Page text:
2

When I type echo $PATH, I get the output:

/usr/local/bin:/usr/bin:/bin:/usr/local/games:/usr/games

However, I modified my PATH variable using gksudo gedit /etc/environment; the file now reads PATH="/opt/texbin:/usr/local/sbin:/usr/local/bin:/usr/sbin:/usr/bin:/sbin:/bin:/usr/games:/usr/local/games".

I am not sure why I am getting two different value of PATH. How can I fix it?

I am running Xfce on a Chromebook using Crouton.

  • What command did you use to modify your PATH variable? – cremefraiche Apr 16 '15 at 21:38
  • @cremefraiche I used <code> gksudo gedit /etc/environment </code> and then added <code> "/opt/texbin"</code> saved it rebooted but still the same problem. – DBS Apr 16 '15 at 21:40
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    That is not the way you should be changing your path variable. If you are trying to change the PATH variable for the current user only, modify the line in ~/.bashrc that says export PATH=$PATH:.... All you need to do is add a colon to the end and include the path. Example: export PATH=$PATH:...:/new/path – cremefraiche Apr 16 '15 at 21:44
  • @cremefraiche thanks let me try that. Btw would you explain why editing the PATh in /etc/environment doesnt work? – DBS Apr 16 '15 at 21:46
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    From what I understand it is best not to mess with that file directly, in order to minimize risk of breakage. I should mention that ~/.bashrc is run every time an interactive shell is opened, while ~/.bash_profile is run when a login shell is opened. Pick which file best suits your needs. – cremefraiche Apr 16 '15 at 21:54
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Edit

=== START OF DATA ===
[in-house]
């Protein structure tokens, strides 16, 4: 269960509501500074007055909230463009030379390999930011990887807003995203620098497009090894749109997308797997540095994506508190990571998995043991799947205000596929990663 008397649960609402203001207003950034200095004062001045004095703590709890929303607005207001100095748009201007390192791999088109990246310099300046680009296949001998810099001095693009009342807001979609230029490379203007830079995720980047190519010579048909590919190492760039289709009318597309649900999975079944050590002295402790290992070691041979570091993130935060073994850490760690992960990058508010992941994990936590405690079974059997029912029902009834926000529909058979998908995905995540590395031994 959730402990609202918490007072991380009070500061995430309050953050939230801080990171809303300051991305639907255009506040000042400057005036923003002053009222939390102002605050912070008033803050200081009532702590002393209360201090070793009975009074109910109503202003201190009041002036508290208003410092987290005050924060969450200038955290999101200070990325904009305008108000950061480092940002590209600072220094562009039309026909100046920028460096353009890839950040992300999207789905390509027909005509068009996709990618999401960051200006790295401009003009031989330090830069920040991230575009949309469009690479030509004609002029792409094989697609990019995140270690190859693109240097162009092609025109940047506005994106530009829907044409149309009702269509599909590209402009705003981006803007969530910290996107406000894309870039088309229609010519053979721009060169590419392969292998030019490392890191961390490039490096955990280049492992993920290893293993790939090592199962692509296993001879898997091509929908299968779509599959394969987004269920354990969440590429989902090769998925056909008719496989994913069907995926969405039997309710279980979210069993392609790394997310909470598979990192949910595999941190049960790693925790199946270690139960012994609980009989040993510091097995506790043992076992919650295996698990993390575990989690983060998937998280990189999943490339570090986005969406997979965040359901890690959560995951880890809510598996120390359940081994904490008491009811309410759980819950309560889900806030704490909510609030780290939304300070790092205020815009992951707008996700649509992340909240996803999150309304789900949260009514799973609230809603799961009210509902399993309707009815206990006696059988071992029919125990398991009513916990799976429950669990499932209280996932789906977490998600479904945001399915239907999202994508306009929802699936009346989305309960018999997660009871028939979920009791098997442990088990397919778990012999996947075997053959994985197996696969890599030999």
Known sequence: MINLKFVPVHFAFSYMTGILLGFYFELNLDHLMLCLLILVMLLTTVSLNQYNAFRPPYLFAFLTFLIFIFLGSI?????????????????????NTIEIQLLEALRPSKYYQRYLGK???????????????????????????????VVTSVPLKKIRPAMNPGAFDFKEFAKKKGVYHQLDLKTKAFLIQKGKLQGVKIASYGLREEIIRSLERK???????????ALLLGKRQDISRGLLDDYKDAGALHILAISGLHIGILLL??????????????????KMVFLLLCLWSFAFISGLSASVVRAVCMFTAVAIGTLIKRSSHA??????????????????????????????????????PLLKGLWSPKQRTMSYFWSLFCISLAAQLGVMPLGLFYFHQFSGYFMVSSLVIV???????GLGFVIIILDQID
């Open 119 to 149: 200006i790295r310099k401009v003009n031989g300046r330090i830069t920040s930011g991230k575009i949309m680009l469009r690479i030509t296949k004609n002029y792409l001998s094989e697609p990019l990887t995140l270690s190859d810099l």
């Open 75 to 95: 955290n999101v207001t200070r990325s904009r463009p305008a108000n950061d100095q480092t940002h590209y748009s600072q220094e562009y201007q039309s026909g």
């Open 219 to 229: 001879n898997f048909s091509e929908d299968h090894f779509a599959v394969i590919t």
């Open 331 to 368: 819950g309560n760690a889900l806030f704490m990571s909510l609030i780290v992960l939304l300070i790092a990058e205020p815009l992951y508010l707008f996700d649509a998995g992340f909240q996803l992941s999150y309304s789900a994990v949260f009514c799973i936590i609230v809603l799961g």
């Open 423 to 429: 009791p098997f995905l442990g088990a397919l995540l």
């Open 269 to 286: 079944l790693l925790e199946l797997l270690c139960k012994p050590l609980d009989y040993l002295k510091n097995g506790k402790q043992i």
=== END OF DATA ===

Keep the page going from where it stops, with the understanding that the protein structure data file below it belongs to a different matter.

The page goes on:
• /etc/profile to affect all users.
  • ~/.bash_profile to affect single users bash shell (so not this one, as it is for bash specific stuff).
  • ~/.profile to affect single user, all shells.

Note: If you have both .profile and .bash_profile and you want both to be read by bash, then you will have to add . .profile to your .bash_profile, as .profile is not read by default, if .bash_profile exists

on sudo

  • don't run your editor as root, so don't do gksudo gedit «filename»
  • Avoid running X11 apps as root, so don't do gksudo gedit «filename»
  • instead do EDITOR=gedit sudoedit «filename». It will run the editor as you on a temporary file, it will copy the fill as root when you finish.
1

The correct place to set your PATH is in ~/.bash_profile:

PATH="$PATH:/some/extra/paths:/may/go/here"

The PATH variable should already be exported, so you shouldn't need to export it again (exporting it again has no further effect).

The default path for bash is hardcoded into the bash executable, and then further (possibly) modified in /etc/profile and (on some systems) /etc/bash.bashrc.

My guess is that the path set in /etc/environment is primarily used by non-shells, such as cron etc.

See also:

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